That is not all that researchers have found. In the last decade, there has been an uptick in the amount of nighttime songbirds. This is especially prevalent amongst birds that are not usually active at night. Urban areas have particularly more birdsong at night.
So, why are there more birds in urban areas than ever before singing at night? Well, at night, there is less competition to be heard. Everyone can agree that a built-up area, especially the city, is noisy. Noisy might be an understatement, especially amongst people accustomed to the city and birds, who have heightened senses.
The ambient noise in cities decreases at night, with less traffic and less hustle and bustle. But there is another reason why birds in cities are singing more at night. Yes, you guessed it- the increased light around. Some cities never sleep. In fact, to most birds, all cities never sleep. There is always some kind of light around. And when there is light and a bird, there is likely to be birdsong.
Are evening and morning the only time when birds sing? No, they can sing at any time of day. But, you will find that the morning will bring the most vibrant songs. The evening will also present an opportunity for exuberant songs, but it won’t be as much as the morning dawn chorus.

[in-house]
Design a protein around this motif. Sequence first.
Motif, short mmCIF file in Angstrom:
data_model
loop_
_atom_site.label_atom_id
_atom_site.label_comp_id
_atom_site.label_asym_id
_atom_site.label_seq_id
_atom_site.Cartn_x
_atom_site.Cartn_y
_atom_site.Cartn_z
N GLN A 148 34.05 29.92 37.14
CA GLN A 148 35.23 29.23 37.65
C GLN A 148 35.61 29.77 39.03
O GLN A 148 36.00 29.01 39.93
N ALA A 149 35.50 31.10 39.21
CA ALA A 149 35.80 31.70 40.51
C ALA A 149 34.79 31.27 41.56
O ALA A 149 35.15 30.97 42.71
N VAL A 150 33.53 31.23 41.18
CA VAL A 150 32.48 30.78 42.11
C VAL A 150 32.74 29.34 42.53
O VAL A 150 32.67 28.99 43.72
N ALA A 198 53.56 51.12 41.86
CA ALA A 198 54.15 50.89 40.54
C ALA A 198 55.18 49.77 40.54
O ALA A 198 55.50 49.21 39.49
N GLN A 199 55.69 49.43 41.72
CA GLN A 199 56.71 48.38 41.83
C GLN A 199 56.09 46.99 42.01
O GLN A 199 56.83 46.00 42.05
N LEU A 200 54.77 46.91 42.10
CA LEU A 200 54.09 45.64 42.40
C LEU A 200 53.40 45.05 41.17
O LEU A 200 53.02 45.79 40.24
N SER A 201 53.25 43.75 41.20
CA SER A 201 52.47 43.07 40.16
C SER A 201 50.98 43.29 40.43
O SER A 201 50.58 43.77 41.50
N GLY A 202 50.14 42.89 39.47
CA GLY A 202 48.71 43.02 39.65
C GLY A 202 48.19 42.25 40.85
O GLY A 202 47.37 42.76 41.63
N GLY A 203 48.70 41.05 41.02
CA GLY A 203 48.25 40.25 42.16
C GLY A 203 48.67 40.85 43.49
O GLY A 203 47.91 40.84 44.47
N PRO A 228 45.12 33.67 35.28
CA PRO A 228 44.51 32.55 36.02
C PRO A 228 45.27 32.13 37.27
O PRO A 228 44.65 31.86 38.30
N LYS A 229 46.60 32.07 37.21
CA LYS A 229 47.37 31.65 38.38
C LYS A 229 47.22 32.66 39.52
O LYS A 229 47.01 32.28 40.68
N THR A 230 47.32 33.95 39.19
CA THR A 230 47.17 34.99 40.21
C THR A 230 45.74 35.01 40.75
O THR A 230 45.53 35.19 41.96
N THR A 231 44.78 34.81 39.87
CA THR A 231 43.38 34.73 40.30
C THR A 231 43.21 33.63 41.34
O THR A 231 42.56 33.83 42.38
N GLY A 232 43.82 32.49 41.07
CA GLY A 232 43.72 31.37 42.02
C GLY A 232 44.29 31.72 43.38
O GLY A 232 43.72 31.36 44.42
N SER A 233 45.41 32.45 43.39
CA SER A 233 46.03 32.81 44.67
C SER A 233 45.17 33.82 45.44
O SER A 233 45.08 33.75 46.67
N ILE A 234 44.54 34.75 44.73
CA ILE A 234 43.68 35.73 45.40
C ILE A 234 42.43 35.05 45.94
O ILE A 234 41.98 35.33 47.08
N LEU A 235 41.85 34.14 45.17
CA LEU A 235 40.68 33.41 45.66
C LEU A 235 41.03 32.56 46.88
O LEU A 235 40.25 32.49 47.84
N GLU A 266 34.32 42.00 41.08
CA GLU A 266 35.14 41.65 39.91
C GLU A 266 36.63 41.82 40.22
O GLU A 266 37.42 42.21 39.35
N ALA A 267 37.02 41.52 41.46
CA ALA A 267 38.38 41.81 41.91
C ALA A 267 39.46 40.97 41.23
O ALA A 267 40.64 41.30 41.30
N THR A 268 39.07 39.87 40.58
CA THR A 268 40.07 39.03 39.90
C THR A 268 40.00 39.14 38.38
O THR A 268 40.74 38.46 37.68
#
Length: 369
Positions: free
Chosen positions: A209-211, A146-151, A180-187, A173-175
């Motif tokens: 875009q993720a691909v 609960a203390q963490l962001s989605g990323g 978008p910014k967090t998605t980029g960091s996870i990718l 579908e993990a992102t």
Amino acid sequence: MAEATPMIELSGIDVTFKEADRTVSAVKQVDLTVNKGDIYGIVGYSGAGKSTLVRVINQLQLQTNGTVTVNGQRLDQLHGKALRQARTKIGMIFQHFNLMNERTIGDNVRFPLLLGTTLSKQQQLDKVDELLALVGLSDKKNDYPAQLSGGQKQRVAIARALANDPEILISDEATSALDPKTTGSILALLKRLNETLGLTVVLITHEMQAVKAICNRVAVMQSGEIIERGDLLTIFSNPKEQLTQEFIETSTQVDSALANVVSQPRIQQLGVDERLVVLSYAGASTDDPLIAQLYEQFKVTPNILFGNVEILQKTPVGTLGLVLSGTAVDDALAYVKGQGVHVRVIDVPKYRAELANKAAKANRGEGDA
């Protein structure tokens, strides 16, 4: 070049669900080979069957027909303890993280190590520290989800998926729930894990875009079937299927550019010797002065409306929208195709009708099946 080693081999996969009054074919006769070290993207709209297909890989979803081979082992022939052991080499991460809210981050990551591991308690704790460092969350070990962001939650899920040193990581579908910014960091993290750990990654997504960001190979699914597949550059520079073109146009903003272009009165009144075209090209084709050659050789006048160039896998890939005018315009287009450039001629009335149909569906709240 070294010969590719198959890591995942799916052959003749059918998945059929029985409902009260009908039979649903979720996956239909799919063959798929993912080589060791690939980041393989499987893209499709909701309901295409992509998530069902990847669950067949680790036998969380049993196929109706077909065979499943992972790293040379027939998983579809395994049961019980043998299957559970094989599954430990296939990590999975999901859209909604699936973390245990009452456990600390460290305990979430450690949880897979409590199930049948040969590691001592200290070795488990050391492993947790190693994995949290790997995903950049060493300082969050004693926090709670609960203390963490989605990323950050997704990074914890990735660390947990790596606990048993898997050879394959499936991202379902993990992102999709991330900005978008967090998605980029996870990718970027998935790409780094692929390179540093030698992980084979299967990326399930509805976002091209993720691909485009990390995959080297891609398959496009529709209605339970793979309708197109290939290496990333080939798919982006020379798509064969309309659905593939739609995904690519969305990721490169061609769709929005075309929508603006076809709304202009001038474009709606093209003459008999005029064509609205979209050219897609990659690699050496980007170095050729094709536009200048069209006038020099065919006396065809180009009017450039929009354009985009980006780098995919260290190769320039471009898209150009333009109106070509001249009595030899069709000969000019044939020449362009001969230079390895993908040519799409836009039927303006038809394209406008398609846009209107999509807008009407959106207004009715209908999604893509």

Noise from humans can adjust a bird’s rhythm. Not only is the sheer volume an issue for birds, but the frequency can also have an effect.
Some species, such as the house finch and song sparrow, have adjusted their songs’ frequency. These birds have modified their song’s frequency in what appears to be a direct response to noise from humans. This seems to be an intelligent survival response from the birds.
Their new frequency is different from the frequency generated from humans, and as such, is less competition. Humans’ ambient background noise seems to be less competition as it does not mask the bird song due to the changed frequency.
Having a clearly articulated song is essential for males to attract females. It is also essential that the birds sing their songs to defend their territories effectively and let other threats know to back off. Noise pollution during the daytime has undoubtedly impacted the number of birds singing longer into the evening.
Birds That Sing at Night